Central Oregon pioneer winery still growing

By PATTY MAMULA

For the Capital Press


CULVER, Ore. - Sometimes a pioneer earns early recognition outside his hometown. So it was for Doug Maragas, who opened the first winery in Central Oregon in 2003.

He entered the first wine he made with local grapes in the 2011 San Francisco Chronicle competition and won a silver medal. The grapes for the winning 2009 Maragas "Beat Red" were stomped by friends and family then pressed with an old style manual ratchet basket.

Maragas comes from a family of Greek winemakers. His grandmother founded the U.S. business in 1941 in Lodi, Calif., brokering grapes and making wine.

"She taught me that you don't have to be where grapes grow to make wine," Maragas said.

While he planted test grapes on his 40 acres off Highway 97 north of Redmond, he started making wine with grapes from southern Oregon and the Columbia Valley, sometimes blending them with local varietals like Muscat.

"Eventually we want to source all our grapes from Central Oregon," he said. "Here at 2,800 feet elevation we have a shorter growing season than Walla Walla. We can successfully grow all the Northern French and German varietals,"

His 21-acre vineyard has Pinot Noir, Pinot Munier, Chardonnay, Muscat, Pinot Gris and Riesling.

Another site in nearby Warm Springs, under contract to Maragas, has 40 acres of Bordeaux varietals - Cabernet Sauvignon, Cabernet Franc, Merlot as well as Zinfandel. That site, at 1,500 feet elevation, has a longer growing season than Walla Walla.

Maragas was a Portland lawyer when he decided a winery would allow him to spend more time with his family.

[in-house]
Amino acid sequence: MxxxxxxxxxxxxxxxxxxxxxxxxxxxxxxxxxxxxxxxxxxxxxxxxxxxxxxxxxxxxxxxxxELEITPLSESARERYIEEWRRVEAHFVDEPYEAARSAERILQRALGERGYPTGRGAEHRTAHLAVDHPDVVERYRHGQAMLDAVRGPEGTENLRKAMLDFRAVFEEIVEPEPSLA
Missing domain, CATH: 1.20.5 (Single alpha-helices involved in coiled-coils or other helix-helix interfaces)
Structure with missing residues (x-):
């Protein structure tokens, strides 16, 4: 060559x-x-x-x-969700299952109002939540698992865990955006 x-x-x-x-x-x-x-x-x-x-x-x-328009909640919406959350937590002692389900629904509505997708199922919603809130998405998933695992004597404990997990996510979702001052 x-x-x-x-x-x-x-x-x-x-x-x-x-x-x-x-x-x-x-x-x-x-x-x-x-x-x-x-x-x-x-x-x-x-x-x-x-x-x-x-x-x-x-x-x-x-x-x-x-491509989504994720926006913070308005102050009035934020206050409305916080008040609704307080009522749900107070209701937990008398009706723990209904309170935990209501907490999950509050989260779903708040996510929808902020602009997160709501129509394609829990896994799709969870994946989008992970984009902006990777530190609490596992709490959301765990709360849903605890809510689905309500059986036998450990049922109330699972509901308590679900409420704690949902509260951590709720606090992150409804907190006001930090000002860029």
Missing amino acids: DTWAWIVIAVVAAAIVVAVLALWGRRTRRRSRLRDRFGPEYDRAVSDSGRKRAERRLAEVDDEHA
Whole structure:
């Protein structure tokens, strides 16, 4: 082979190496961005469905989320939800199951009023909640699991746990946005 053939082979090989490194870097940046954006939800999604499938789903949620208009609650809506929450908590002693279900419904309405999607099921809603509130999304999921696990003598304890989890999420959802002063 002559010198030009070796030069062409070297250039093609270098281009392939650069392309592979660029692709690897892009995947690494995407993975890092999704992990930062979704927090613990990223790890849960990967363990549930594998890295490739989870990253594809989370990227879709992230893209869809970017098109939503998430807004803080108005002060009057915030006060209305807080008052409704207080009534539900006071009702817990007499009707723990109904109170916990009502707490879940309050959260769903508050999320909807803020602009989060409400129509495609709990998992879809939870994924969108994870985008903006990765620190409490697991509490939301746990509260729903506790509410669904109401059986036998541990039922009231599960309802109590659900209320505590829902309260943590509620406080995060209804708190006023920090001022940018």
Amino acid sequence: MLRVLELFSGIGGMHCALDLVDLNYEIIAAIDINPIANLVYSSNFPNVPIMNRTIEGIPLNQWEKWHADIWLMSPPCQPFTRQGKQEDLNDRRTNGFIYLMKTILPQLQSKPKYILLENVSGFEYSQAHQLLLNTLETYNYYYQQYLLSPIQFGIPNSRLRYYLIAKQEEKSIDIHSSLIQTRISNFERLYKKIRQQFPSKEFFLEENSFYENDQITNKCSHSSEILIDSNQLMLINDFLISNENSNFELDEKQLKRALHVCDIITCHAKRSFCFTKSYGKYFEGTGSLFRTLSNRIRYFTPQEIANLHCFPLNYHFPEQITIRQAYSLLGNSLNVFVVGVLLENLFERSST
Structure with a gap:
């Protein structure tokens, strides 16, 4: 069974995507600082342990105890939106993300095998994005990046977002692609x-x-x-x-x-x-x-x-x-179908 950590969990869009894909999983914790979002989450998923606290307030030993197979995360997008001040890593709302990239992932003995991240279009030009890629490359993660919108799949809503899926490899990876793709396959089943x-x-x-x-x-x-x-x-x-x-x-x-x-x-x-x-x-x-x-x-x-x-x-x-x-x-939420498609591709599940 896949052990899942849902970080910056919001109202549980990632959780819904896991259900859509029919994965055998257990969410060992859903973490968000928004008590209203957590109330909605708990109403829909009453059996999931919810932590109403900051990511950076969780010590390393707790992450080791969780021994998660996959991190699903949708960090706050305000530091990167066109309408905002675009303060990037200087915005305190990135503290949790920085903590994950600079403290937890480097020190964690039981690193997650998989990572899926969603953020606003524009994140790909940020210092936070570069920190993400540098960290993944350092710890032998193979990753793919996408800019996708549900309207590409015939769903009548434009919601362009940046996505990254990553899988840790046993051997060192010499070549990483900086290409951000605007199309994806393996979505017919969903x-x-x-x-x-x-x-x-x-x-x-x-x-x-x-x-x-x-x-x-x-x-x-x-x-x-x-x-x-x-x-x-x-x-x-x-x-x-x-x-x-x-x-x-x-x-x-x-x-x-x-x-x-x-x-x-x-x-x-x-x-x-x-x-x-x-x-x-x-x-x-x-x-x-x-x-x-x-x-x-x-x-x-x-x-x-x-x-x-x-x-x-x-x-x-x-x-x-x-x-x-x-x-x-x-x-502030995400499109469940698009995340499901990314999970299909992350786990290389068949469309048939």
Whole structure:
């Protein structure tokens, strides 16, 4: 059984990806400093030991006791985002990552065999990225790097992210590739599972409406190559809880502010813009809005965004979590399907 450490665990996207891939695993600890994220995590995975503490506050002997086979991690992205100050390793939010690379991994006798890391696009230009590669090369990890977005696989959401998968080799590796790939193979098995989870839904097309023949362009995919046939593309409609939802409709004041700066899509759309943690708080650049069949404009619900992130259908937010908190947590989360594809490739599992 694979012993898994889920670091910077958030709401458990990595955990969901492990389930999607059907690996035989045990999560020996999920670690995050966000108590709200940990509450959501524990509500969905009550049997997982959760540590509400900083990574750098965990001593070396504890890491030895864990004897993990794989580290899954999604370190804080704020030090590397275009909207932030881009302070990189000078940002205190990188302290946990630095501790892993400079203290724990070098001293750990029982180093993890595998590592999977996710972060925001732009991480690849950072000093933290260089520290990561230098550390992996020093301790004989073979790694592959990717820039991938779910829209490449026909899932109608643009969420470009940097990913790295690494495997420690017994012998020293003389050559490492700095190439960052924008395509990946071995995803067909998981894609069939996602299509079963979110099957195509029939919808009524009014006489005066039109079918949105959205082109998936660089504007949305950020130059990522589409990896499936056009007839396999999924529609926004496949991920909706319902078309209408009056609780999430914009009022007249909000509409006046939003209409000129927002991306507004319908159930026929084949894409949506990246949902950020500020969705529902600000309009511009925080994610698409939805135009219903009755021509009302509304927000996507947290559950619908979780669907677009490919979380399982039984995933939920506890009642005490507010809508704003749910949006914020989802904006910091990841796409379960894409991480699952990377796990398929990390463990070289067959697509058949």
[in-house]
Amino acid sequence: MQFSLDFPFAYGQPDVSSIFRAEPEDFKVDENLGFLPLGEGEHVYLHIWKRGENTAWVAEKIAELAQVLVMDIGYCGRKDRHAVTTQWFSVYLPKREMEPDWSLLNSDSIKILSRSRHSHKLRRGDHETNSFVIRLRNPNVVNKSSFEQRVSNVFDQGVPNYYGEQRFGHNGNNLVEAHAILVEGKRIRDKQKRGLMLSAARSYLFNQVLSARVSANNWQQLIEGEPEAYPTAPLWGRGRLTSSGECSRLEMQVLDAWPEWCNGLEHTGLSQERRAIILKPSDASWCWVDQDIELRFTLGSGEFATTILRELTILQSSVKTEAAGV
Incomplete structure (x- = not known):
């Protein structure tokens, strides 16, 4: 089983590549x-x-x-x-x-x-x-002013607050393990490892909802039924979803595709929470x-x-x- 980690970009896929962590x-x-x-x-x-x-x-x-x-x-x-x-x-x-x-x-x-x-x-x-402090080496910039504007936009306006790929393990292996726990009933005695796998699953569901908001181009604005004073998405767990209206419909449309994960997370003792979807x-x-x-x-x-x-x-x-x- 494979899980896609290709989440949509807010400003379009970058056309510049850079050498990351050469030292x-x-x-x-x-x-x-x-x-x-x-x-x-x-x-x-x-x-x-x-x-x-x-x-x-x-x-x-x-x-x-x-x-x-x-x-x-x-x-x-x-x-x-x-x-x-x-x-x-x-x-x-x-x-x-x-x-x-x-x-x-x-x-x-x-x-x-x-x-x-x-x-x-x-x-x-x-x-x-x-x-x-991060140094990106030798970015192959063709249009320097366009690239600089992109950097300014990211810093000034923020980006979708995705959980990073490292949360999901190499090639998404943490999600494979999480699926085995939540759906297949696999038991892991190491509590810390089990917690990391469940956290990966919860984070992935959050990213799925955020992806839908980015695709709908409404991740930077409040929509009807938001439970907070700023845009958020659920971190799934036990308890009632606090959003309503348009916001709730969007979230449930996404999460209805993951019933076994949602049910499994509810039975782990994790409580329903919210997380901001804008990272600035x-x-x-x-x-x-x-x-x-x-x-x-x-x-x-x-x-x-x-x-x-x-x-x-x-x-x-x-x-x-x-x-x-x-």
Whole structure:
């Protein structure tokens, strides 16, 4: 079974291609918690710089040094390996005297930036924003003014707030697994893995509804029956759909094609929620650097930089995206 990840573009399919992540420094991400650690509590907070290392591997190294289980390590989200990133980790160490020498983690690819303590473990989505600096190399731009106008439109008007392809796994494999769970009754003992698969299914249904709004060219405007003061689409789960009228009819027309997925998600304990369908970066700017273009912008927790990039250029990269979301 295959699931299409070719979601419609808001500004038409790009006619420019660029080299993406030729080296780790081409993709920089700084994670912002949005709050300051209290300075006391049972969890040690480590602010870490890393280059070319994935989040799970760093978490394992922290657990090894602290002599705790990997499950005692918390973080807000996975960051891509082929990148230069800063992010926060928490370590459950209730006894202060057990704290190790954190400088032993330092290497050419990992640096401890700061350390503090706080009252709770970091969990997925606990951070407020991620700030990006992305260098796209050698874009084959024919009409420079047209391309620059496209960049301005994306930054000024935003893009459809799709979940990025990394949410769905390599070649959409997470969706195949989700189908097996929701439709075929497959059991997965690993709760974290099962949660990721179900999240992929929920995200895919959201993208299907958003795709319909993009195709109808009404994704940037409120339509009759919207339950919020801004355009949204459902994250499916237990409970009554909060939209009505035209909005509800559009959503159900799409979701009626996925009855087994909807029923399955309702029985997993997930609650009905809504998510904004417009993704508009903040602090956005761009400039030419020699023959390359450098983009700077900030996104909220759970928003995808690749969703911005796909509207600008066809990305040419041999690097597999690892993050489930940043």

"Having to pay for proven grape growing land was very expensive," he said.

So he bought land in Central Oregon and started learning how to work with the volcanic, sandy loam and rocky soil. Conditions here, so unlike the Willamette Valley, demand even costlier infrastructure investments of underground drip irrigation, frost protection and constant rock excavations.

Although advised to plant hybrids, Maragas wanted to plant the traditional vonifera grape that would be of most value to consumers, and he wanted to adopt organic practices. He planted a 2 1/2-acre test plot with 40 different varieties of reds and whites.

The vines are head trained, not trellised.

"That makes them hardier, like a small tree. Production is less, but it fortifies the plant so it can withstand the weather," said Maragas.

He discovered the ideal planting spacing is eight feet between plants and 12 feet between the rows.

To counteract noxious weeds, a special problem in the High Desert, he uses agricultural fabric, which also conserves water.

Even the piles and piles of rock serve a purpose. They are placed in between the vines to anchor the fabric against the wind and to conserve the daytime heat during the night when temperatures can drop as much as 40 degrees in five hours.

"We're a craft winery. It's not about maximum yield; it's about maximum quality. We hand pick all our grapes to preserve the best," said Maragas

He makes Pinot Noir, Cab Franc, Zinfandel, Pinot Gris, a Merlot-Cabernet blend, Chardonnay and Muscat. All the Chardonnay is barrel-fermented and -aged. The reds are barrel aged for 3 to 5 years.

The wines sell for $20 to $45 a bottle. Maragas said they've been growing well with a 40 percent increase in sales last year.

"It usually takes a winery a decade to break even," he said. "This fall is our 10-year anniversary and we're right on track."

Maragas Winery

Location: Culver, Ore.

In Central Oregon near Smith Rock Park, 10 miles north of Redmond

Owner: Doug Maragas

Vineyard: 40 acres, 21 acres in Pinot Noir, Pinot Munier, Chardonnay, Muscat, Pinot Gris, Riesling. 40 acres under contract in Warm Springs with Bordeaux varietals and Zinfandel.

Production: Pinot Noir, Merlot-Cabernet blend, Cabernet Franc, Malbec, Pinot Gris, Zinfandel, Chardonnay and Muscat. About 2,000 cases.

AVA: Not yet established. Central Oregon Winegrowers Association.

Established in 1999. First wines sold in 2003.



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